After the tremendous 8 hours that was Oktoberfest, we awoke the next day to venture out of Germany to the Czech Republic, where we’d spend the last day of our trip. Jason had returned Peugeot Van the day before, and he met us at the Airbnb in our new Mercedes-Benz van. Was it better than the old, crappy van? Well, the engine and suspension almost certainly were, but the interior was… somehow worse. Kit, who was riding in the front seat, in the middle, at least didn’t have to worry about having the shifter hitting his left leg, since it was an automatic. I, on the other hand, in the passenger seat was a bit more cramped. I expected better from you, Mercedes. Get your shit together.
Steve had booked us all a tour at the Pilsner Urquell headquarters and brewery, located in a town called Pilsen in the Czech Republic, so we headed there first. The drive was relatively uneventful, though we did leave a bit later than we expected, and the initial GPS estimate said we were going to be late. Jason made up for lost time by driving the van way, way too fast, and by the time we hit the Czech border we were 25 minutes ahead of schedule. At first, I was confused why we were bothering to go to Pilsner Urquell, since I’ve seen it, but never had it, and assumed it was just another pilsner-style beer. Pilsners make up like 60-70% of all beer worldwide, including a lot of American macro brews, so I just assumed it was Steve’s favorite beer, and we were all being dragged along.
Turns out it’s not just another pilsner, it’s the first pilsner ever brewed, which is actually pretty cool! The Czech people are certainly very proud of it, and you can buy it just about anywhere. We showed up to the brewery about 30 minutes early, so I grabbed some Czech money from the ATM, then wandered the grounds and drank 4 seltzers. Shortly thereafter, we entered the brewery and began the tour. After Kit and my underwhelming experience at Heineken, I wasn’t expecting much. The tour guide was friendly though, and since we were on the English tour we got some good information about the origins of the brewery. Then we set off to tour each section of the large campus.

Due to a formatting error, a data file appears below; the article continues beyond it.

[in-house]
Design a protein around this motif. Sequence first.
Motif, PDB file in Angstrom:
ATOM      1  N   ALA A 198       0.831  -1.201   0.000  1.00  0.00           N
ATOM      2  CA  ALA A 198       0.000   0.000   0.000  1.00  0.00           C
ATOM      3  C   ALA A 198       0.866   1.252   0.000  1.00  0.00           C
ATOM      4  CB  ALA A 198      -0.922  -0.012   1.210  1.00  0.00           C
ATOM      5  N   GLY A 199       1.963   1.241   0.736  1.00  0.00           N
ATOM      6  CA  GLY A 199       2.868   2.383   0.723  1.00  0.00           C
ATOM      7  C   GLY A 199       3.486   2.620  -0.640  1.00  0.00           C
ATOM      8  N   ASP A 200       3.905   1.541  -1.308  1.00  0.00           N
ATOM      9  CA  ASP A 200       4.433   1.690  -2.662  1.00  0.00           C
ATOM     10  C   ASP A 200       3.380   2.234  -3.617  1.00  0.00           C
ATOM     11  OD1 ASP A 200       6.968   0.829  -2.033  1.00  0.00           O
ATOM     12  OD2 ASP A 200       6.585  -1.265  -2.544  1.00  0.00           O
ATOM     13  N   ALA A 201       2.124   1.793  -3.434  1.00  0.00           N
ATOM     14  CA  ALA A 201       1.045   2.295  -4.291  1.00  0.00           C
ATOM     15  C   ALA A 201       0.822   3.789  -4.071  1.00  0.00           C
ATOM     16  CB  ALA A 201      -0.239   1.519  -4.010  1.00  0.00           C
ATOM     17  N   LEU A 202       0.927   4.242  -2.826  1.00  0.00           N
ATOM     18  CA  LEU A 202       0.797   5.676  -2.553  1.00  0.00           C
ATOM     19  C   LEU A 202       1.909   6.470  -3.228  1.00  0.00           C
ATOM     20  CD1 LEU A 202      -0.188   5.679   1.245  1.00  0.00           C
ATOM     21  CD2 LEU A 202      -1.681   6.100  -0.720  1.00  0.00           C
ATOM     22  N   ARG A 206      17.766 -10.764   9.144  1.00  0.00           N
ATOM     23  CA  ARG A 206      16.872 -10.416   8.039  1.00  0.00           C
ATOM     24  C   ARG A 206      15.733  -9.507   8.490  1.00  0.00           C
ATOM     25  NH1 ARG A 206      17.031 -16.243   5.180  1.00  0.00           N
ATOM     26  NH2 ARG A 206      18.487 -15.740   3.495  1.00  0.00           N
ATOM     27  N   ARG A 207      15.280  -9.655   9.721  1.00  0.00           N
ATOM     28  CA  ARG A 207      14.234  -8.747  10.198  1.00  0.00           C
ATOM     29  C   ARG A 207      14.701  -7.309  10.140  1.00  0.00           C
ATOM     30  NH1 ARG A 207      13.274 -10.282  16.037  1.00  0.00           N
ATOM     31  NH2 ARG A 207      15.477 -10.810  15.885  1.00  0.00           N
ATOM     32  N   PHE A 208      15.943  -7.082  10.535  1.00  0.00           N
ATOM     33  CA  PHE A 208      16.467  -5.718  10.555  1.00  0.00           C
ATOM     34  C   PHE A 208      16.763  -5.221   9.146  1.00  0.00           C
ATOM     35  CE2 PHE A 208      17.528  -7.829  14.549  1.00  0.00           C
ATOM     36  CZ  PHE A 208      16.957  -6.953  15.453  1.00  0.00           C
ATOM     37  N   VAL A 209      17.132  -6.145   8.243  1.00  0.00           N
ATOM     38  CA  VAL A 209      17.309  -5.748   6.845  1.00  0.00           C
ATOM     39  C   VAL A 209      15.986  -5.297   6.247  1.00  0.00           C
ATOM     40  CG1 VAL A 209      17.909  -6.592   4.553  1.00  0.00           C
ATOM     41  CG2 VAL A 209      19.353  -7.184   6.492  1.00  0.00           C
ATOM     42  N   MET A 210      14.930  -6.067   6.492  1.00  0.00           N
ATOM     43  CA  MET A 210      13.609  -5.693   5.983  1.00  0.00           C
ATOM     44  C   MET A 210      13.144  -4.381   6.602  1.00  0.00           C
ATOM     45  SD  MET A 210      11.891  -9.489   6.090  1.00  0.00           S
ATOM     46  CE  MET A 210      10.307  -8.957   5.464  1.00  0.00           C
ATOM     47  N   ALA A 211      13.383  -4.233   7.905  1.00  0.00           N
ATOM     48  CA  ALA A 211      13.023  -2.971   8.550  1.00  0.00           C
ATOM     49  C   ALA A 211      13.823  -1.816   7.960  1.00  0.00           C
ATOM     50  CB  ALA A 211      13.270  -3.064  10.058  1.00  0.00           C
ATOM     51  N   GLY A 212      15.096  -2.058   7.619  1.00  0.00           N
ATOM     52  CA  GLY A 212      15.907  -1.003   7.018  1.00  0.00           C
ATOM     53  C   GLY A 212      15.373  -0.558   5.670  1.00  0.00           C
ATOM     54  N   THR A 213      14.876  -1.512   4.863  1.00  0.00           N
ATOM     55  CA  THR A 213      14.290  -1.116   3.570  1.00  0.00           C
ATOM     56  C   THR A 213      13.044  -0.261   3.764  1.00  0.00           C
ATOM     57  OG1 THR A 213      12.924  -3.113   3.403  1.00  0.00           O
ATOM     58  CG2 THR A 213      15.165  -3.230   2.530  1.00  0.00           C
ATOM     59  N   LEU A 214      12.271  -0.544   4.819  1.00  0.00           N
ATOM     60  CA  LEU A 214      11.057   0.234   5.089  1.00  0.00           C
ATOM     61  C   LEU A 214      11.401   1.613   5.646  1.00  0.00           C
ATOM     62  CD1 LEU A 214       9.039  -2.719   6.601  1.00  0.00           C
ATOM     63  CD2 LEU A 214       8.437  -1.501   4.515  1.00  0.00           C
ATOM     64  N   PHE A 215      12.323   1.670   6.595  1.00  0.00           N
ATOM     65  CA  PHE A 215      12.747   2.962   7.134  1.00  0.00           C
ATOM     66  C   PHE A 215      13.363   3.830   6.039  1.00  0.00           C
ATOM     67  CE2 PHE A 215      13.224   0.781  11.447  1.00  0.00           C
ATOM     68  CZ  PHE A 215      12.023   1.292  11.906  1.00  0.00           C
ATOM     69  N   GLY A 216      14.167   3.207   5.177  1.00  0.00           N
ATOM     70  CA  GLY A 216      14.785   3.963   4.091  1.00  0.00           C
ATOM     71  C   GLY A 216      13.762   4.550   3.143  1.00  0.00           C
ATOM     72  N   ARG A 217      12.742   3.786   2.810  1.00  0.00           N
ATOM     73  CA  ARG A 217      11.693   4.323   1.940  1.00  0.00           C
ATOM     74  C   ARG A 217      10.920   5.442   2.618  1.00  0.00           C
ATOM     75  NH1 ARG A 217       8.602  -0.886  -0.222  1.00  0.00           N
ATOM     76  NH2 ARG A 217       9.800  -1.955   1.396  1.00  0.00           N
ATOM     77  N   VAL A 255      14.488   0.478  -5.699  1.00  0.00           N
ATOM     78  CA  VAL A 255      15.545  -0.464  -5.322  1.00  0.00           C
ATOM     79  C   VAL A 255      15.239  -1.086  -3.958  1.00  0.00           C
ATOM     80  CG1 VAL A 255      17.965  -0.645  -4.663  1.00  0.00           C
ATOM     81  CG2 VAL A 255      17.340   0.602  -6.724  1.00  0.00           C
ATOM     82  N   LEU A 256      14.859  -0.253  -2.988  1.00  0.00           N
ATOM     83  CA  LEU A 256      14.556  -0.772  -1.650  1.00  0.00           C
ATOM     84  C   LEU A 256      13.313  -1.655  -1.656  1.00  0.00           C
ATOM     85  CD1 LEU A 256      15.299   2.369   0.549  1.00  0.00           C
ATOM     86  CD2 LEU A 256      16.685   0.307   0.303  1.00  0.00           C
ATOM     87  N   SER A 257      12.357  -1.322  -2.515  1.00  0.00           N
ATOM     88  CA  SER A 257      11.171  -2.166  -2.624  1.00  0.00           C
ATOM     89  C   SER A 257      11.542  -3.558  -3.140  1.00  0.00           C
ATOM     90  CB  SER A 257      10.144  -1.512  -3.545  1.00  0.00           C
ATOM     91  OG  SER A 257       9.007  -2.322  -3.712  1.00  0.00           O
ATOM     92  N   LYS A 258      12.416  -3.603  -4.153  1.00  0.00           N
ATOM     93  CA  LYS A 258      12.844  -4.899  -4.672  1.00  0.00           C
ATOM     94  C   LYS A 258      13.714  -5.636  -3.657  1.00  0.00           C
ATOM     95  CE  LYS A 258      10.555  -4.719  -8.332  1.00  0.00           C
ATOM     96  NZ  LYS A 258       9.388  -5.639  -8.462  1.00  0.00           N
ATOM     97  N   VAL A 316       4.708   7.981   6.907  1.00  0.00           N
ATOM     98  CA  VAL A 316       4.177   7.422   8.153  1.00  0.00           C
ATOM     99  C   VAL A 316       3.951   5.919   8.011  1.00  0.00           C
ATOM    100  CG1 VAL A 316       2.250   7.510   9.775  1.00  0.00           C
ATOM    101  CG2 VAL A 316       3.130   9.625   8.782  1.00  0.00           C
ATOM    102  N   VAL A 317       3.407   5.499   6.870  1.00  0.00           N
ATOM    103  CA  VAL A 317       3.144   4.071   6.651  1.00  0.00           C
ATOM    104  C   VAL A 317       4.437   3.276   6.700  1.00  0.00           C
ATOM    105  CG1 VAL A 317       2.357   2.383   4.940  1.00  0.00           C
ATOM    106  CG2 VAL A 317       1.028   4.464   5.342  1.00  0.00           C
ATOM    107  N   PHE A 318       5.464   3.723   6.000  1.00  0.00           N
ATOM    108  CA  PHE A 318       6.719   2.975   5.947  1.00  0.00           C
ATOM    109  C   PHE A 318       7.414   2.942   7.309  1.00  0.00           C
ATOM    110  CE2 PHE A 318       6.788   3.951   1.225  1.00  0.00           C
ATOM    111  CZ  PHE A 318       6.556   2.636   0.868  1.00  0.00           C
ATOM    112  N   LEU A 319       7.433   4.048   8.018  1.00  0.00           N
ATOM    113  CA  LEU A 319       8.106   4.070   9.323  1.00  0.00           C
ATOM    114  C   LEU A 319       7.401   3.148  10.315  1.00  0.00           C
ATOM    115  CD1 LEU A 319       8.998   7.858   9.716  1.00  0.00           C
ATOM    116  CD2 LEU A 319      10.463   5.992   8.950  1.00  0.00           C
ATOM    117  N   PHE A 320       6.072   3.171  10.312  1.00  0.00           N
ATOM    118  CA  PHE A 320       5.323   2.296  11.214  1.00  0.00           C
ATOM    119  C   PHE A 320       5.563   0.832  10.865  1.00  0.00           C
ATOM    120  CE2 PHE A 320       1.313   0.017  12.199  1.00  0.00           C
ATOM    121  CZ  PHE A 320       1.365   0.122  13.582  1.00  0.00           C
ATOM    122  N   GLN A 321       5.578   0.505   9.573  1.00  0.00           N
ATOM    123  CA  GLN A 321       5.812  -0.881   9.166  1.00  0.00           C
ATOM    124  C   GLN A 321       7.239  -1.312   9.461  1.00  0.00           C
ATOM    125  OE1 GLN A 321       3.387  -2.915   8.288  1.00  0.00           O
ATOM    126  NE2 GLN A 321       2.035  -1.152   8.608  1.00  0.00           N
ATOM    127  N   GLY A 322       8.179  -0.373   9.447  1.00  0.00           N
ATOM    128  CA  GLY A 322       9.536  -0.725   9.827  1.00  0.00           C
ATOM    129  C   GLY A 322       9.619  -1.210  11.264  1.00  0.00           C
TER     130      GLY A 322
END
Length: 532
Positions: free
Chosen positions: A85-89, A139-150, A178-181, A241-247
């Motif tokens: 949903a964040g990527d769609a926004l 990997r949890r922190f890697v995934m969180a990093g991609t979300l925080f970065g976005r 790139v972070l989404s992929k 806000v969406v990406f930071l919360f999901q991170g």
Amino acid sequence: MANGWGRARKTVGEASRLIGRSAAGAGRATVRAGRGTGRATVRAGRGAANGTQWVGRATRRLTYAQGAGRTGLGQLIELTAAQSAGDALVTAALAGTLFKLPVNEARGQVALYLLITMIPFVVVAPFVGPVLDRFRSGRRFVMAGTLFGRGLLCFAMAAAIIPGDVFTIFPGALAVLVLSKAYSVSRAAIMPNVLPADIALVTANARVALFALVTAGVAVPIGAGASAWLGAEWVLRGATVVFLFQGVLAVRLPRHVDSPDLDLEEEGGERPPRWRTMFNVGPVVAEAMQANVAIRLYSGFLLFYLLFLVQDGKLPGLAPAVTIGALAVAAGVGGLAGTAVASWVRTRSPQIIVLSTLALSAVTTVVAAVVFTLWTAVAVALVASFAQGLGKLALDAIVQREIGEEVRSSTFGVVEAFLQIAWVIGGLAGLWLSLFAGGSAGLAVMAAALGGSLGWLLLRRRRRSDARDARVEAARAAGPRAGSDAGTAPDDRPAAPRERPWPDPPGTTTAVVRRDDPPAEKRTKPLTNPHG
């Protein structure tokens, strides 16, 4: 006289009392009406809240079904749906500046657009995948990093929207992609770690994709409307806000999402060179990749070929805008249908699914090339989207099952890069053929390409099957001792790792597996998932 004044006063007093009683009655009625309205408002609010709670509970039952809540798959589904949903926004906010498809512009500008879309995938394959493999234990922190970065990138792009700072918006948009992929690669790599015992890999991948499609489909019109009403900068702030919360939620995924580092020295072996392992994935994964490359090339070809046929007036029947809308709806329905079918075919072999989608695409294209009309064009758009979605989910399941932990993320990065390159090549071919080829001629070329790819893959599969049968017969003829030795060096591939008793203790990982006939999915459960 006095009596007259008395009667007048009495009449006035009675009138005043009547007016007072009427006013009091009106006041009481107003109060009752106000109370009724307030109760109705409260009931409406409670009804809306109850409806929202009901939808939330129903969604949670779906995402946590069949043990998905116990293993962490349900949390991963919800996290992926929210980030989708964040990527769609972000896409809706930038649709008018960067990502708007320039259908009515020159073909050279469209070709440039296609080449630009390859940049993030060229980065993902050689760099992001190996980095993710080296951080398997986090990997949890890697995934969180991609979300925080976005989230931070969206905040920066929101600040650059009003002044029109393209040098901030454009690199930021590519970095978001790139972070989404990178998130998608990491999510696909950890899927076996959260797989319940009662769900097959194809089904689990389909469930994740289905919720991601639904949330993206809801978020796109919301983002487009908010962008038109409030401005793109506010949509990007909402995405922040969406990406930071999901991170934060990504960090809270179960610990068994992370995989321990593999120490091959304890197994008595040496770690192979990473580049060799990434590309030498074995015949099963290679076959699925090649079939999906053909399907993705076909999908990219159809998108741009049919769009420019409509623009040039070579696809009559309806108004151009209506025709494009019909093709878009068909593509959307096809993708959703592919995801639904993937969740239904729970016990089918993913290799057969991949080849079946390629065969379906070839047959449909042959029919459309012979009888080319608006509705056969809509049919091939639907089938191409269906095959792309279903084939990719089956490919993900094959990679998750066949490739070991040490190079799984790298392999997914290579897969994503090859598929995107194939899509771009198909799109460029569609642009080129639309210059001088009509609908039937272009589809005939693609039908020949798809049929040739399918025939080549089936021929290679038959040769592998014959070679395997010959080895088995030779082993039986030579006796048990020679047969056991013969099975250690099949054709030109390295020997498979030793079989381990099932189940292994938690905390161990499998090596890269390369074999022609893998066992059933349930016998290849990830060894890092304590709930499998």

The brewery itself is an interesting blend of modern and old, since they were bought by one of the huge brew companies a few years back, but have preserved the old methods of brewing, as well as the historical buildings that housed the original breweries. We started off in the packaging plant, a modern building built about 10 years ago, in an impressive 7 months. It was cool! I’ve never actually been inside a modern food processing plant, and everything was very shiny, with a million pipes and conveyor belts. Unfortunately for us, all of the lines were shut down for cleaning, so we couldn’t see anything in action. It was pretty clear though that, had it been running, it would have been pretty awesome. We didn’t spend too much time here, and the guide moved us on to the next location. We traveled primarily by bus, which seemed unnecessary, but whatever Pilsner Urquell, it’s your call.